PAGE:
Following is Down to the Water a set of Woody Guthrie lyrics that were set to music by English protest singer Billy Bragg, in one of the various projects in which the Guthrie family has been giving found Woody Guthrie lyrics and poetry to various artists to set to music. O’Brien plays clawhammer-style banjo, giving it more of an old-time sound. It all comes together very well. <<>>
O’Brien’s last album had a number of songs considering his own stage of life. Whatever Happened to Me is another set of introspective lyrics. The song was co-written with John Hadley and has a bit of a country twang to it. <<>>
One of the non-originals on the album is The Tulips on the Table, by Dan Reeder. It’s a whimsical-sounding song about a marriage on the rocks and it features a prominent and perhaps unlikely cello. <<>>
O’Brien and Hadley also co-wrote the song I Gotta Move an amusing plaint about what happens when you have to move into a new house. <<>>
The album takes a rockabilly direction on the song called Gimme Little Somethin’ Take Her Off My Mind, co-written with another prolific Nashville songwriter Gary Nicholson. The title pretty much says it all. <<>>
Pompadour has one instrumental, with O’Brien on fiddle as well as electric guitar. It’s a traditional tune called Snake Basket and he and his band give it a kind of Celtic rhythmic texture. <<>>
Perhaps the most distinctive track on the album is another of O’Brien’s clever reinventions of a song from an entirely different genre. Get up Offa That Thing was a James Brown tune, and O’Brien plays an old-timey style banjo on it. It’s a fun track all around. <<>>
Veteran bluegrass and country singer-songwriter and multi-instrumentalist Tim O’Brien’s new 14th solo album, Pompadour is fully up to O’Brien’s high musical standards. Though it has been five years since his last official solo album, O’Brien remains prolific with recent joint recordings with Darrell Scott and Hot Rize. But Pompadour puts the focus clearly on O’Brien. And he does not disappoint with his creative arranging of mostly acoustic instrumentation, but with some electric guitar and organ thrown in for good measure. His vocals are as pleasing as ever and the musicianship is first rate. Though there are songs about love affairs that are not exactly in the smooth sailing mode, the tone of the album remains fairly upbeat, and he and his musical colleagues are clearly having fun.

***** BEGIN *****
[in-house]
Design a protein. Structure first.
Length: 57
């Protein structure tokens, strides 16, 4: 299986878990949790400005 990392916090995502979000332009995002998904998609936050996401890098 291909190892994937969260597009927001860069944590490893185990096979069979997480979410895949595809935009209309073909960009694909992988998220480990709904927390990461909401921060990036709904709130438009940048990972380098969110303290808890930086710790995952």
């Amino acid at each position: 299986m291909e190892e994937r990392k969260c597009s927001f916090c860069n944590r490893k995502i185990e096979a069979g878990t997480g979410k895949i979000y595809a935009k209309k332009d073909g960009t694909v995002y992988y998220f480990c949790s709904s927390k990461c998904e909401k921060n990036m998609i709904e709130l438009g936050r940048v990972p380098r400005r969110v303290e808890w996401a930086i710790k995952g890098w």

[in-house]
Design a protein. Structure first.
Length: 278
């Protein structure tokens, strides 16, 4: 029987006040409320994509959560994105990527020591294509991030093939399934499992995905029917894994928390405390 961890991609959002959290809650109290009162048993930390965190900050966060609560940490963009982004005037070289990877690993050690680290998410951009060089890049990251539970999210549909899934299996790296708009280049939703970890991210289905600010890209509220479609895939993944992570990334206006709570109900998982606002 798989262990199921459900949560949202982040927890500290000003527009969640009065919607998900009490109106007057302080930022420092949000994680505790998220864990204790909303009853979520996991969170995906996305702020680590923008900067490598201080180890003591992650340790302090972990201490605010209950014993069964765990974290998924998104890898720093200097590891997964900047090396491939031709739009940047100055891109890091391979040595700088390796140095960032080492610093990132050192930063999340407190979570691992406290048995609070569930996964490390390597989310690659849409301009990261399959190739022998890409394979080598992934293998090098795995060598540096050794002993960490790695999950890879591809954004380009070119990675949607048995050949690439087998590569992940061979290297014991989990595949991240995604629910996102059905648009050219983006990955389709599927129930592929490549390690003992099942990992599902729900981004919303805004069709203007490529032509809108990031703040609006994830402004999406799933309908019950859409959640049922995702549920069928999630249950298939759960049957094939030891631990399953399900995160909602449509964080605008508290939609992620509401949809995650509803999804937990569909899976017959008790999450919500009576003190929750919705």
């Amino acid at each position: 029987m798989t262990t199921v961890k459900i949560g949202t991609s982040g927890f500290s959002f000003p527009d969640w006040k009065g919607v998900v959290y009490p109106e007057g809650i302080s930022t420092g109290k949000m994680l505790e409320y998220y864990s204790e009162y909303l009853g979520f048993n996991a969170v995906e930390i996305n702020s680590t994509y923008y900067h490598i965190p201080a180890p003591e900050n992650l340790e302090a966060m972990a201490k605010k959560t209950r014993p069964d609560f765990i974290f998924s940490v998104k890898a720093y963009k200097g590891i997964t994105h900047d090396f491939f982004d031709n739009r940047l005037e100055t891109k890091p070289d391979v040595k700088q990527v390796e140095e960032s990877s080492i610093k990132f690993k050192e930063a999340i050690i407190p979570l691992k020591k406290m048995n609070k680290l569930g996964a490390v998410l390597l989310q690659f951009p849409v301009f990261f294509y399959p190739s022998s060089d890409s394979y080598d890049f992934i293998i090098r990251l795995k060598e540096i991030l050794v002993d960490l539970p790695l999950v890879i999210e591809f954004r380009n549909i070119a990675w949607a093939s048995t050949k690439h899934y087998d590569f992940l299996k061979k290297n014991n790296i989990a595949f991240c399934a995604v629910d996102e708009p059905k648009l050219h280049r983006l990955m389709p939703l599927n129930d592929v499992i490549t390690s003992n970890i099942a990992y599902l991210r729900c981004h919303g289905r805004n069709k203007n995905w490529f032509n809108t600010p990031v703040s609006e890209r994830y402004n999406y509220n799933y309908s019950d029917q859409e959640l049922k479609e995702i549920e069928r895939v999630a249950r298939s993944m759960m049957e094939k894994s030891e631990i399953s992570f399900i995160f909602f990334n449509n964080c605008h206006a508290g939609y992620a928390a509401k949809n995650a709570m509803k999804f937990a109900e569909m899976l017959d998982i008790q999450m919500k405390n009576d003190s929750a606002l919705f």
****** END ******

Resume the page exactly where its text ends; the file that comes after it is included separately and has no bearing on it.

Our grade for sound quality is a B-minus. O’Brien has been much better recorded before. His last album Chicken and Egg was commendable in that respect. This album has suffers from the endemic volume compression disease that as affected so much of the music business. The vocals and acoustic instruments are not very clean, warm or appealing, just loud.
For close to 40 years, Tim O’Brien has been making worthwhile music in bluegrass and country. His talents are well-recognized by other musicians and music insiders, and he has attracted many fans over the years. O’Brien has made so many good records under his own name and with others that it’s hard to rank this one within his career. Suffice it to say, that Pompadour is a musically fine album all around, and one that will be as appealing decades from now as it is today.
(c) Copyright 2016 George D. Graham. All rights reserved.